History museum has big plans for 2022

Larry Limpf

Lou Hebert, a member of the board of trustees of the Toledo History Museum, spent hours of his time in 2020 compiling a weekly column of local history events.
“This Week in Toledo’s Past” has been a popular column with readers of The Press over the past year and, for Hebert, it is a labor of love to research the items that make it into his column. In addition to old newspapers, he pores over history books, articles, museum files and photo archives.
“Hours of plain old reading time,” he said.” It’s actually something I truly enjoy doing. Those old papers are a treasure trove of hidden gems,” he said
Some examples of the gems he’s uncovered:
- Toledoans were reporting sightings of UFOs in 1901. They described mysterious lighted airships in the night skies that moved with fast acceleration in erratic patterns.
- The vice mayor of Toledo and several other prominent men were arrested for “tar and feathering” a man who refused to buy Liberty Bonds at the start of World War I.
- The man who built the Burt Theater on Jefferson Ave. would almost die in front of the theater after he was shot by his wife. He would live and later oversee the Pan American Exposition in San Francisco.
Several special exhibits and projects are being planned for 2022 at the museum, including an exhibit to celebrate the service of local veterans of World War II and the construction of the WWII Memorial in Washington, D.C.
“That memorial became a reality as the result of the efforts by many people, but especially Congresswoman Marcy Kaptur, who never gave up her tireless campaign to have it built. It is a grand tribute to all of those who served and made the ultimate sacrifice during that war. The Toledo History Museum’s exhibit will be centered around one of only two architectural scale models of the memorial, which we have been given by the Smithsonian Institute,” Hebert said, adding details will be announced later.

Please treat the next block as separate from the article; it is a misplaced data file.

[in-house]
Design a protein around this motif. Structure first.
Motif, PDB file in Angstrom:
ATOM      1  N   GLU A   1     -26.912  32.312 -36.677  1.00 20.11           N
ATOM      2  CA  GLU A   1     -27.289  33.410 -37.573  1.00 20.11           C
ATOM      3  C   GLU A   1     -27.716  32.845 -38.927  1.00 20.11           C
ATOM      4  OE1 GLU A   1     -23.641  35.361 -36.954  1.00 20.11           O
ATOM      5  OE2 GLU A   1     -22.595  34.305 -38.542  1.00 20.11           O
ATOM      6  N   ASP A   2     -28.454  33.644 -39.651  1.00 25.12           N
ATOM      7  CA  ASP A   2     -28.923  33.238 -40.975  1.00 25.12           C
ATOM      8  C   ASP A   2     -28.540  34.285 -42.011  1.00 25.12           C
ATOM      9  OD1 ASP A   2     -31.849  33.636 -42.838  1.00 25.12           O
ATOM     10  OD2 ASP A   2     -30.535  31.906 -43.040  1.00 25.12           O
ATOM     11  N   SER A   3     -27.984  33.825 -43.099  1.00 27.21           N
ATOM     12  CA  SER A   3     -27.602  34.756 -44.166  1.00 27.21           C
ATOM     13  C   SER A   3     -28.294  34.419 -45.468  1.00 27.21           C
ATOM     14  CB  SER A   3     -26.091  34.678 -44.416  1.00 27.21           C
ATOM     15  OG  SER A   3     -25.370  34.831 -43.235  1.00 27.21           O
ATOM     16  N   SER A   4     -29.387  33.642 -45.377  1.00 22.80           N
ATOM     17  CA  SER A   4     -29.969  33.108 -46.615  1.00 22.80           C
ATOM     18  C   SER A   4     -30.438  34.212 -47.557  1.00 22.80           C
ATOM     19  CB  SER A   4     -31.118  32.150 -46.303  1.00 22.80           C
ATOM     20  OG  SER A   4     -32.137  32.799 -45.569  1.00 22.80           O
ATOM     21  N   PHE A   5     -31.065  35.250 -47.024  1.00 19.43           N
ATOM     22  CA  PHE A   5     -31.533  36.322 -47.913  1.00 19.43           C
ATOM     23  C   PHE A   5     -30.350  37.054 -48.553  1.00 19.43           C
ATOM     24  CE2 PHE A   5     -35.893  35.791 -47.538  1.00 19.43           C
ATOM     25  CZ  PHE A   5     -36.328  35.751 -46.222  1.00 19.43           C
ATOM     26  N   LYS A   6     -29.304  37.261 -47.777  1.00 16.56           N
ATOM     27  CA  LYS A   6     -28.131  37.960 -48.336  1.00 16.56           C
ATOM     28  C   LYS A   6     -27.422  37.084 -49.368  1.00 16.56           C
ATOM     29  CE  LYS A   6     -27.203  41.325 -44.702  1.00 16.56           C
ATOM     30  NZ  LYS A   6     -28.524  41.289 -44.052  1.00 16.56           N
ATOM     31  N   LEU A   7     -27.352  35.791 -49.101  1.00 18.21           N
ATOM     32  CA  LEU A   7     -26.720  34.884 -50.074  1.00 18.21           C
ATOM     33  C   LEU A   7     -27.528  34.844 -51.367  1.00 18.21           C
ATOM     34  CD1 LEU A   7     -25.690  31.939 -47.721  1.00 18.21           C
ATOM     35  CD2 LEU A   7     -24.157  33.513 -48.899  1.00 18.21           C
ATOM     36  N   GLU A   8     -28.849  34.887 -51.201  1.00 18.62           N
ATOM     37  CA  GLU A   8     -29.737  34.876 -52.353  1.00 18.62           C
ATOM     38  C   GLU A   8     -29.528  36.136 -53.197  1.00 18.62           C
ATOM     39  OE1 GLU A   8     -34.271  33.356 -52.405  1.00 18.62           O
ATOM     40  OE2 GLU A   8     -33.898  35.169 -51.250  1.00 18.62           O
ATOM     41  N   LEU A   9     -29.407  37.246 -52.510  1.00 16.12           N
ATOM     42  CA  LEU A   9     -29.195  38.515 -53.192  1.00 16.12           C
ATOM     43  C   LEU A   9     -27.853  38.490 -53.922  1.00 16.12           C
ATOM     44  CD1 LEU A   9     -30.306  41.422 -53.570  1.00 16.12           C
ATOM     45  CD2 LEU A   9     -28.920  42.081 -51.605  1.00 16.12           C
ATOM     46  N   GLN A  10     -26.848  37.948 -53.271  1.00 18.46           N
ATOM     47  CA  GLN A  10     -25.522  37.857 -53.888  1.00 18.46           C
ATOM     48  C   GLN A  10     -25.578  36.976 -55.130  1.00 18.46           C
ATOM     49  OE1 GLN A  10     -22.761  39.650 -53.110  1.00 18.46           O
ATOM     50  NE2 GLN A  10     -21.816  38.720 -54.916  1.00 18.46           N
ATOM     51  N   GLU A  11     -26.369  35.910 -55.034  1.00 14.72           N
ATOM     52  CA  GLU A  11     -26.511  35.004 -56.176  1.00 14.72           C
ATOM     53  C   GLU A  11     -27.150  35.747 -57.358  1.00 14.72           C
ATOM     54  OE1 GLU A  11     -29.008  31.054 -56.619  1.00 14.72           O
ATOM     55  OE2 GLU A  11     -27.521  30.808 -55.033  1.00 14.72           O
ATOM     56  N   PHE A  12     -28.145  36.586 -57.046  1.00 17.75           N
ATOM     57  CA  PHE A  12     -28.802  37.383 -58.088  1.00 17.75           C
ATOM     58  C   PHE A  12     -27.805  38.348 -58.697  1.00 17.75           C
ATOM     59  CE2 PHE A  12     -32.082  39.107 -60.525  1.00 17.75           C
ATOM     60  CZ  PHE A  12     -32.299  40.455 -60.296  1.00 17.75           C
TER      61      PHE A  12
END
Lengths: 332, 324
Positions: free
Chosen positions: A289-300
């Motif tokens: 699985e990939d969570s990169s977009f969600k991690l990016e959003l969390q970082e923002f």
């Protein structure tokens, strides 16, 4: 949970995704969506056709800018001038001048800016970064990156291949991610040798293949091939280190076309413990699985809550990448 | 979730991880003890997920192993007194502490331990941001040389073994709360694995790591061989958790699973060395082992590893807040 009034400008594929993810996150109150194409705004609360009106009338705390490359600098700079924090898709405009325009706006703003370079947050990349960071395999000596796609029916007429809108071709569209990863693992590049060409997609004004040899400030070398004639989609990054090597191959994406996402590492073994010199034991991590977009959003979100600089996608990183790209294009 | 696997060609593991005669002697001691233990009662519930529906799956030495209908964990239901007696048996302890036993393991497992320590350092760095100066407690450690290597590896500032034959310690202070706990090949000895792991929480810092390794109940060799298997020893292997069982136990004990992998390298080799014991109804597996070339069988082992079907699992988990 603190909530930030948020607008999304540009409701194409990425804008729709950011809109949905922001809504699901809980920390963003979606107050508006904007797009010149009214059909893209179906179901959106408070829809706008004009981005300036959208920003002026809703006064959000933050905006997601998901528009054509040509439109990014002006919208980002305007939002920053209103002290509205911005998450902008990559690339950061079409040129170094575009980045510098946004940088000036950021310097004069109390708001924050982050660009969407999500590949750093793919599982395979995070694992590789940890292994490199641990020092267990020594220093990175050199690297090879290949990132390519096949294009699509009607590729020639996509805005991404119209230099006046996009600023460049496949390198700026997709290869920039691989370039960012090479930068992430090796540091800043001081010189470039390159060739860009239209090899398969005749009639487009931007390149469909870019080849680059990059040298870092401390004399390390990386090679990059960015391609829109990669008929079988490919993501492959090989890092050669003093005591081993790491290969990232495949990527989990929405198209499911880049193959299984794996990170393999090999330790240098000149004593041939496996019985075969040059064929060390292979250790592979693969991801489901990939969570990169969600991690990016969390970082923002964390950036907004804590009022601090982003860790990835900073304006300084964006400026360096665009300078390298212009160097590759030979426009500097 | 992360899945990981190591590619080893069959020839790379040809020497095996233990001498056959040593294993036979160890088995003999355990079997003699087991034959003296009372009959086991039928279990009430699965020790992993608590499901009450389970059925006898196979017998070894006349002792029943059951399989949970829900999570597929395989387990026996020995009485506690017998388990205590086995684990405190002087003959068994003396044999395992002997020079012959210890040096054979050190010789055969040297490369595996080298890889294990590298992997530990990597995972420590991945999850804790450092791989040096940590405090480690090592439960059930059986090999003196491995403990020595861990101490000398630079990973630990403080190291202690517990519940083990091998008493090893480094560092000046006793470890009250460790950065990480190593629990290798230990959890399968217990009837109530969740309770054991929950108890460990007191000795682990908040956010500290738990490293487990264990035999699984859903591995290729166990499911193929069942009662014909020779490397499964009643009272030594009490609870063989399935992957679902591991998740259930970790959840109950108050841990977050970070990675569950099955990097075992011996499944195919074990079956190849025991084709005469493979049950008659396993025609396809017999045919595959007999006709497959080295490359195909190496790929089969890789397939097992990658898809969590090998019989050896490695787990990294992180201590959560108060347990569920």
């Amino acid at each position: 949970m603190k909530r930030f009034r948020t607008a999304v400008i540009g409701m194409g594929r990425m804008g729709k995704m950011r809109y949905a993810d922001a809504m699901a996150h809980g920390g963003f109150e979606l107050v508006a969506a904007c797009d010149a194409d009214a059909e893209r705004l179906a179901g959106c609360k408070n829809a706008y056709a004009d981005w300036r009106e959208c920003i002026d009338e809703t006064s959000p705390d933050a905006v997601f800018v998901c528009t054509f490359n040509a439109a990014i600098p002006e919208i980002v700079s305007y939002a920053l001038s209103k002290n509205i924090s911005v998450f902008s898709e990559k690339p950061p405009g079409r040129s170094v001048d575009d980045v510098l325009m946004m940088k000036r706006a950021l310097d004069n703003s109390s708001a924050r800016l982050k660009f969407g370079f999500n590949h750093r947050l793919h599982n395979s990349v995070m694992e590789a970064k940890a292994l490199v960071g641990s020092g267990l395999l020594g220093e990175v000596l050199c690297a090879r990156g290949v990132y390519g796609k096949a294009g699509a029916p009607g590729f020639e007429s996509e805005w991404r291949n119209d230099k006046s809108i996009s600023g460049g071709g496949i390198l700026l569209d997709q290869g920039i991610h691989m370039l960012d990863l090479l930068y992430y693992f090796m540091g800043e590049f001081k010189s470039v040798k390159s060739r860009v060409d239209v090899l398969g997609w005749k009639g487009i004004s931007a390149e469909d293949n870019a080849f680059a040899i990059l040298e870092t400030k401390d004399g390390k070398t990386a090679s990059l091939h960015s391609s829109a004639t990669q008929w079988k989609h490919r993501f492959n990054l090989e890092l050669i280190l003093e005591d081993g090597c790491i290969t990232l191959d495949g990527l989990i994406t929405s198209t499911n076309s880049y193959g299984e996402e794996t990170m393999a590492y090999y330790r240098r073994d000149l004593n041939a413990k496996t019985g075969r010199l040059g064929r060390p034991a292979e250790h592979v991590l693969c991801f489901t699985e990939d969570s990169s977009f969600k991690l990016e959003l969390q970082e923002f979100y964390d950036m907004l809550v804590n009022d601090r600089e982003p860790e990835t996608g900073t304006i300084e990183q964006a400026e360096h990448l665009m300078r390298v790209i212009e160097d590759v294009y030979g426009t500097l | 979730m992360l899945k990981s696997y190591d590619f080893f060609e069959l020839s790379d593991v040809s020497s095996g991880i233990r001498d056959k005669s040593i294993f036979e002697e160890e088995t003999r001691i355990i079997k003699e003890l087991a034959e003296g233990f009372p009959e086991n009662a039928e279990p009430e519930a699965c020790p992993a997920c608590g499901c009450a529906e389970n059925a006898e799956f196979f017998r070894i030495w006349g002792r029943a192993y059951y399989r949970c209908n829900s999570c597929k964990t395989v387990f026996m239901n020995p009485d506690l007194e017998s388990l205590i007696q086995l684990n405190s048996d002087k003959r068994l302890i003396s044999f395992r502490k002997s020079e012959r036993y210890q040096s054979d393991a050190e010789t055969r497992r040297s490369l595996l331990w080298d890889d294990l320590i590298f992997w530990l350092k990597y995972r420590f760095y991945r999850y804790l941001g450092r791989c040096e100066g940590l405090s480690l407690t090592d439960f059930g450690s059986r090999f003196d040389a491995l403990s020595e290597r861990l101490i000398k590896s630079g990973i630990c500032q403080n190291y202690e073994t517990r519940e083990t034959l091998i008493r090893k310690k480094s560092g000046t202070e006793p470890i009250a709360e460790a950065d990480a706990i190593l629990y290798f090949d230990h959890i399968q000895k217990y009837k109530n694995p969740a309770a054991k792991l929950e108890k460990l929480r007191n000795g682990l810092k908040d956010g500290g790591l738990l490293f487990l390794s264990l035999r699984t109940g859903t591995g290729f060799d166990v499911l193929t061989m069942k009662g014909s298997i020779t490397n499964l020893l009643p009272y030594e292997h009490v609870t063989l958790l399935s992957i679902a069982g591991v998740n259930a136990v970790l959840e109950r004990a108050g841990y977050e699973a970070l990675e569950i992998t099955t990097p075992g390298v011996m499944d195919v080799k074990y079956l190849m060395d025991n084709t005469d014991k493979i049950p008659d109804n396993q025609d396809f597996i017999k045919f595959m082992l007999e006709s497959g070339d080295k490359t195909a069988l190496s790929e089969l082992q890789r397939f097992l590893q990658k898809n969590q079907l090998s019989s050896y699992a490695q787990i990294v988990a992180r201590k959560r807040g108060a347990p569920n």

Depending on the severity of the pandemic, the museum may bring back its popular bus tours of Toledo’s infamous crime and prohibition venues.
“We are keeping our fingers crossed and our masks on in hopes we can restart those tours in 2022,” he said.
Last year the Toledo Zoo loaned what’s been called an “aboriginal dugout canoe” to the museum. The canoe’s local history may date back to the East Toledo area in the early 1800s when it was given to the pioneer family of Luther Whitmore, Jr.
“He was, according to some accounts, an Indian agent who worked with local tribes in the area. If the canoe’s origins are indeed aboriginal, the canoe is a rare artifact representing the Northern Ohio Native American history culture,” Hebert said. “We are grateful to have it and are now working with the Toledo Area Aboriginal Research Society to verify its authenticity and story through research and carbon dating.”
He said he’s intrigued by the characters his research has uncovered. From Benjamin Stickney, who named his sons “One” and “Two”; to Pauline Steinem, the fiery independent politician who was the first woman to hold elective office in the city and whose granddaughter, Gloria, would follow in her feminist footsteps.
Ella Stewart, a pharmacist, set up a shop on Indiana Avenue and dispensed wisdom and courage along with prescriptions and became a leader in the Civil Rights movement.
“As we walk down the street of this brand new year, 2022, who knows what history will be written into the pavement of Toledo’s timeline. At the Toledo History Museum, we hope to be part of it, and a relevant part of the area’s vibrance as we strive to give our fair city’s very rich history – a future,” Hebert said.
The museum is located at 425 N. St. Clair St.


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